How Rugby Has Taken Over America

Rugby, the sport from which American football and basketball are derived, has long been eclipsed by them in the United States. However, its time finally seems to have come. By almost any metric imaginable, whether participation rate, audience size, or TV ratings, rugby is the fastest-growing team sport in America.

For decades, rugby’s popularity in the US seemed to hover somewhere between that of badminton and luge. Most Americans had no familiarity with the sport beyond its being the game Andy Capp played in the Sunday newspaper comics. It was admirable for being physical to the point of being crazy and was particularly associated with knocked-out teeth.

America wasn’t entirely wrong. There is something admirably crazy about rugby. Its combination of near-constant action and full-contact without pads places unique demands on those who play. Athletes must dig deeply into themselves for inner resources, both physical and spiritual. Football and basketball are certainly tough but compared to rugby they seem somewhat more focused on providing spectacle to passive viewers. Rugby’s pleasures, by contrast, give themselves up most to those who have played the game. It makes sense that it would take rugby some time to catch on in America. It has now done so.

During a four-year span in the middle of this decade, rugby’s participation rate increased by over 50 percent, to as high as 1.4 million; more conservative estimates pin that number at about 100,000 in organized rugby, which would still represent considerable growth. Further, this growth needs to be cast against a precipitous decline in the participation rate for American football.

Rugby has also grown as a televised sport. It wasn’t very long ago when American enthusiasts wanting to watch international superstars like Jonah Lomu compete in the Rugby World Cup had to locate their town’s British ex-patriot bar to watch matches at some unlikely hour of the morning – those matches invariably piped in via Sky Network. Those days now seem like a lifetime ago.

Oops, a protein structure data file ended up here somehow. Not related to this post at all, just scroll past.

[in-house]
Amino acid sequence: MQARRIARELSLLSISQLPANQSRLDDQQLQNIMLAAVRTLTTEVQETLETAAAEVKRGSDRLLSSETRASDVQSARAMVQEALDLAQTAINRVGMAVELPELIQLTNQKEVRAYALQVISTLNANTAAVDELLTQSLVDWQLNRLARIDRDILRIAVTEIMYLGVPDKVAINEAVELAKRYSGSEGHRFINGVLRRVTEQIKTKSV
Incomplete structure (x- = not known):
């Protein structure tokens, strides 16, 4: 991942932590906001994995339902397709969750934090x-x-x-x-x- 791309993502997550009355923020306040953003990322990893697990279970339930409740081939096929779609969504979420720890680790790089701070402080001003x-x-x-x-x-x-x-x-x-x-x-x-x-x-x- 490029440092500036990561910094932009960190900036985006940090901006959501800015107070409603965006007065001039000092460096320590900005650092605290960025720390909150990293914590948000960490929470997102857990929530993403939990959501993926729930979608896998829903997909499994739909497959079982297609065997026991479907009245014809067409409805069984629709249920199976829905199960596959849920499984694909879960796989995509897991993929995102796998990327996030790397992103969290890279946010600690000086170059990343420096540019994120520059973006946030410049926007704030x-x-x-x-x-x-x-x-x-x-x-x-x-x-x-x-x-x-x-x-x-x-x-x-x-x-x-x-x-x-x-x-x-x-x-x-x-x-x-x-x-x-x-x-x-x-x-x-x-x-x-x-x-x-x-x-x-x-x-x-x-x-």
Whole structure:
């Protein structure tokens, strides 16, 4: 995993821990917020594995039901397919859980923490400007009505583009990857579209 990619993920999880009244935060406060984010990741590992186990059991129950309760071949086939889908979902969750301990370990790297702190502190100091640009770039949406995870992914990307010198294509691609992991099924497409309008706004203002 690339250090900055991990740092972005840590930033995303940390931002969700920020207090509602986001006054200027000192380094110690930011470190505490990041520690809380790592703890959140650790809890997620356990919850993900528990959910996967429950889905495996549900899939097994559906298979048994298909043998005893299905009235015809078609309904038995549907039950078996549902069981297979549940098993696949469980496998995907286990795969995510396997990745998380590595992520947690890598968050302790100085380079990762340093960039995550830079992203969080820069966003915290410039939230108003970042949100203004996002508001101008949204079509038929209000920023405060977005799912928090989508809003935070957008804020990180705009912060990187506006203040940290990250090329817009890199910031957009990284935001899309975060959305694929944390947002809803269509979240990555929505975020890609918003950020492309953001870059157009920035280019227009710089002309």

NBC, in particular, has steadily broadcast more rugby at both collegiate and international/professional levels throughout the past decade, enjoying steadily increasing ratings. The network jumped head-first into rugby in 2010-11, broadcasting the USA Sevens, the Collegiate Rugby Championship, and America’s first live coverage of the Rugby World Cup. In just the past couple years, the network’s affiliates have added the English Premiership and the European Six Nations Championship to their schedule.

2018 marks the inaugural season of Major League Rugby. The league is starting off small and sustainable, with nine professional teams located in collegiate rugby hotbeds like Texas and Utah.

Several factors have contributed to rugby’s swelling popularity. One is that the sport isn’t the physiological freak show that football and basketball have become. The sport doesn’t demand one to be 6’5″ to 7’3″, like the NBA. Positions aren’t set aside for 300 lb. behemoths, or for those whose foot speed is in the top 0.001% of human capability, like the NFL. It will also take some years before American rugby stars become multimillionaires, and its team owners, multibillionaires. Even at the professional level, rugby has the feel of an amateur sport, and this has great appeal for many fans. Any healthy boy can dream of being a top rugby player.

So can any healthy girl. Rugby has long been a sport woman play. Their presence isn’t a stop-the-presses marvel, like when we see a girl pitching in the Little League World Series. Of course, women have always played basketball, too, but rugby is the only team sports refuge for that certain kind of lady who likes her game tough and grimy.

Rugby has also benefited tremendously from Rugby Sevens, which provides endless open-field running and tackling at the same time football has become almost completely dominated by the forward pass. Sevens, with its 20-minute matches, is an almost perfect entree into the sport for Americans. No wonder attendance at the championships in Las Vegas has exploded to over 80,000.

In the rugby world outside Sevens, America isn’t Wales, or Italy. It certainly isn’t South Africa, Australia, or New Zealand. But we’re getting better at the game, and it’s growing fast – faster than any other.

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